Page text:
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Pediatrician Carrie Byington to assume role of executive vice president of UC Health

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JULY 22, 2019

Dr. Carrie L. Byington will assume the position of executive vice president of UC Health on Oct. 31after the retirement of Dr. John Stobo, who has been accused of sexual harassment — according to a Thursday press release from the UC Office of the President, or UCOP.

UC Health serves a web of hospitals, professional schools and students. Byington currently works as the vice chancellor of health services at the Texas A&M University System while simultaneously serving as senior vice president of the Texas A&M Health Science Center as well as the Jean and Thomas McMullin professor and dean of the university’s College of Medicine, according to the Texas A&M Health Science Center website. She was also a professor emeritus at the University of Utah School of Medicine, where she worked for more than 20 years.

“Dr. Byington is a practicing pediatrician, a researcher, and an experienced administrator. Her broad experience will help UC Health continue its journey in conducting groundbreaking research, the training of health professionals, and commitment to public service, including caring for those without insurance,” said UCOP spokesperson Elisa Smith in an email.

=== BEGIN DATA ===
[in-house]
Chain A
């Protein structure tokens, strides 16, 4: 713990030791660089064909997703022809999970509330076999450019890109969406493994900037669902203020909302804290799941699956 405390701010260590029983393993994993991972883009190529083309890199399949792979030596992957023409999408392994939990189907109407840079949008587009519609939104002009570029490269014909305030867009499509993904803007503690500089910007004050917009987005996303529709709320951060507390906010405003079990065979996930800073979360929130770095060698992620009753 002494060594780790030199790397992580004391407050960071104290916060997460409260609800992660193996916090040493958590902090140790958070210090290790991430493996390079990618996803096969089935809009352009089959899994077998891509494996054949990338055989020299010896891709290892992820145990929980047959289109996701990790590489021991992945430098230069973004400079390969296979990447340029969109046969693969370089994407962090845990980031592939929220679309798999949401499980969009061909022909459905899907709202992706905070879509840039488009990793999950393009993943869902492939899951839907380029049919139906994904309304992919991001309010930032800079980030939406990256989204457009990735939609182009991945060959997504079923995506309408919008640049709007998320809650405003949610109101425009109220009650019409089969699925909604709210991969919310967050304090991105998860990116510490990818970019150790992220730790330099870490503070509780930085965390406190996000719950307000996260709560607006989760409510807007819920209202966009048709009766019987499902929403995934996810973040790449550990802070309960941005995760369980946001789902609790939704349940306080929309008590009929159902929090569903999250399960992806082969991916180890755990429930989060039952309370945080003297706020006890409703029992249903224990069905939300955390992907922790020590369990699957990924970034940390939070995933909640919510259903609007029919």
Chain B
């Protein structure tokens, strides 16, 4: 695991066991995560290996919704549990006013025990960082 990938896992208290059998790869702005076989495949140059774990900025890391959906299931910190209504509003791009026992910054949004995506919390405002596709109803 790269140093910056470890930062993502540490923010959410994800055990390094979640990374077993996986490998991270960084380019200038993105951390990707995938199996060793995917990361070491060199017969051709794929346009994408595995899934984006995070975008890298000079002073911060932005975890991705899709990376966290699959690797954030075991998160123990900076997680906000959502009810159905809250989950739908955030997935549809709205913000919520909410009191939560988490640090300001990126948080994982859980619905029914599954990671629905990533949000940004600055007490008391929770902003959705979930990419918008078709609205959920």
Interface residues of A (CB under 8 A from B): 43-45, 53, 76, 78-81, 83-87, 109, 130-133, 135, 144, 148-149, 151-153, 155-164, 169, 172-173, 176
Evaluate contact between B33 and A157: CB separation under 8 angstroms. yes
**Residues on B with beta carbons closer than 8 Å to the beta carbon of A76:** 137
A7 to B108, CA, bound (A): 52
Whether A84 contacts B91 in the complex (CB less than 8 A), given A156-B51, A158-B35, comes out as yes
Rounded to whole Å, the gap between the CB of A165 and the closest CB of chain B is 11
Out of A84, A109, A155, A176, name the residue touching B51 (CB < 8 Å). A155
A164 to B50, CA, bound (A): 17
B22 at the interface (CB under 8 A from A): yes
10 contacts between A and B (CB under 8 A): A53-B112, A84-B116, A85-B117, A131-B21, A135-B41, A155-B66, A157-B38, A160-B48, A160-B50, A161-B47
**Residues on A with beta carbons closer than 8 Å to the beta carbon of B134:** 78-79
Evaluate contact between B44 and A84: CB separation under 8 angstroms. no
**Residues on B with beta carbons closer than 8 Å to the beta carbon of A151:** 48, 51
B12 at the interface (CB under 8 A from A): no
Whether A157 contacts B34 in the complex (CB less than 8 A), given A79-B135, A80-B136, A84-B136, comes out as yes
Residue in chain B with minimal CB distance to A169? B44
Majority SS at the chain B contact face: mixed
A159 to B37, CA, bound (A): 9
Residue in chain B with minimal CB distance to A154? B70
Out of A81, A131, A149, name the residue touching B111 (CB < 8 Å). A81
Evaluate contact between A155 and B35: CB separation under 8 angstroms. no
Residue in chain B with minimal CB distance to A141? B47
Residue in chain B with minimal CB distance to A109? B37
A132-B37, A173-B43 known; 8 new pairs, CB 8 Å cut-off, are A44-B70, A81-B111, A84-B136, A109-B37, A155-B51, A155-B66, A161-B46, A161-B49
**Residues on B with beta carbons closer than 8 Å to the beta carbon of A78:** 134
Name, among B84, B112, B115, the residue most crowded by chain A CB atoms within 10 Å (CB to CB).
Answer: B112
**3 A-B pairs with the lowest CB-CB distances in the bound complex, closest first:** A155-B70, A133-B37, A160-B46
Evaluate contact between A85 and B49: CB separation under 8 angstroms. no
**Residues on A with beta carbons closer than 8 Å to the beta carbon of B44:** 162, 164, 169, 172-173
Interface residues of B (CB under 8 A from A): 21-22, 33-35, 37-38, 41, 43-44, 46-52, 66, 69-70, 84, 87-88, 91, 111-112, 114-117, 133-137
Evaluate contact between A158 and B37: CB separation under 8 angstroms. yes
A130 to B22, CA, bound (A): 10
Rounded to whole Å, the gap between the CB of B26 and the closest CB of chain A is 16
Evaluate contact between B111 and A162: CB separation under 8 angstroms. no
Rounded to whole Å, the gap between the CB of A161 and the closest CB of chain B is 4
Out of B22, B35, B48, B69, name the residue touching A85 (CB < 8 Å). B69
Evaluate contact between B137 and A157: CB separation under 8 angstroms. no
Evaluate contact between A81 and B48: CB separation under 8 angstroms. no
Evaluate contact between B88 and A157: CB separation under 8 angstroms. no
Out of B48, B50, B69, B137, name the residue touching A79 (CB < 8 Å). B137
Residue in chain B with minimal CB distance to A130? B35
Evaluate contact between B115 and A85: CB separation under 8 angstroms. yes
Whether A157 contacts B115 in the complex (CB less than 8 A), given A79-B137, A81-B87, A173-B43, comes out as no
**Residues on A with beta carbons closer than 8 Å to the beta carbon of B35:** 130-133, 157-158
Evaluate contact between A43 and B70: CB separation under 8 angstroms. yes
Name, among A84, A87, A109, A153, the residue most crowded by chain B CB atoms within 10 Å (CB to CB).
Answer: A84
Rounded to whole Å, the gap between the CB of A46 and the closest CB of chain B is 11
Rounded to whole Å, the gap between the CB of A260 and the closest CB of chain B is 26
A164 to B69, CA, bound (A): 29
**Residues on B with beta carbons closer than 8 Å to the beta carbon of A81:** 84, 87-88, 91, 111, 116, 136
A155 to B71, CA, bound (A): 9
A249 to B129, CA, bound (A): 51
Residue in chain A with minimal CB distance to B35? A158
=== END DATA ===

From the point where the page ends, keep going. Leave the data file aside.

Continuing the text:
Byington studies bacterial and viral pathogens in children, and she currently holds grants from both the National Institutes of Health and the Centers for Disease Control and Prevention to pursue her research. Studying infectious disease transmission,  Byington focuses on specific pathogens such as enteroviruses, respiratory viruses, Streptococcus pneumoniae and Neisseria meningitidis, according to the University of Utah School of Medicine website.

Byington was also chair of the U.S. Olympic Committee’s Infectious Disease Advisory Group, which was tasked with addressing the Zika outbreak during the 2016 Olympics in Rio de Janeiro, and she advocates for the expansion of vaccine funding for American children. Her specialties include general pediatrics and pediatric infectious diseases, for which she holds recognized board certifications, according to the Texas A&M Health Science Center website.

“UC Health looks forward to Dr. Byington joining as executive vice president. Her positive impact will be felt for many years as the organization refines and executes on its strategic plan to, among other things, improve the health of the UC community and beyond,” Smith said in an email.

The UC Health system includes 18 professional schools across seven campuses, 12 health science educational hospitals, five medical centers, more than 5,000 medical residents and more than 14,000 students. UC Health also oversees student health and some employee health services, according to the press release.

Byington strives to improve quality and access of care in the medical system and address health disparities, according to the press release.

“It is such an honor to be returning to (the UC). I look forward to working with the many talented students, faculty and staff to reach new heights in health care transformation to further improve the health and lives of all those in our state and nation,” Byington said on Twitter on Friday.

Contact Sasha Langholz at [email protected].
LAST UPDATED

JULY 23, 2019


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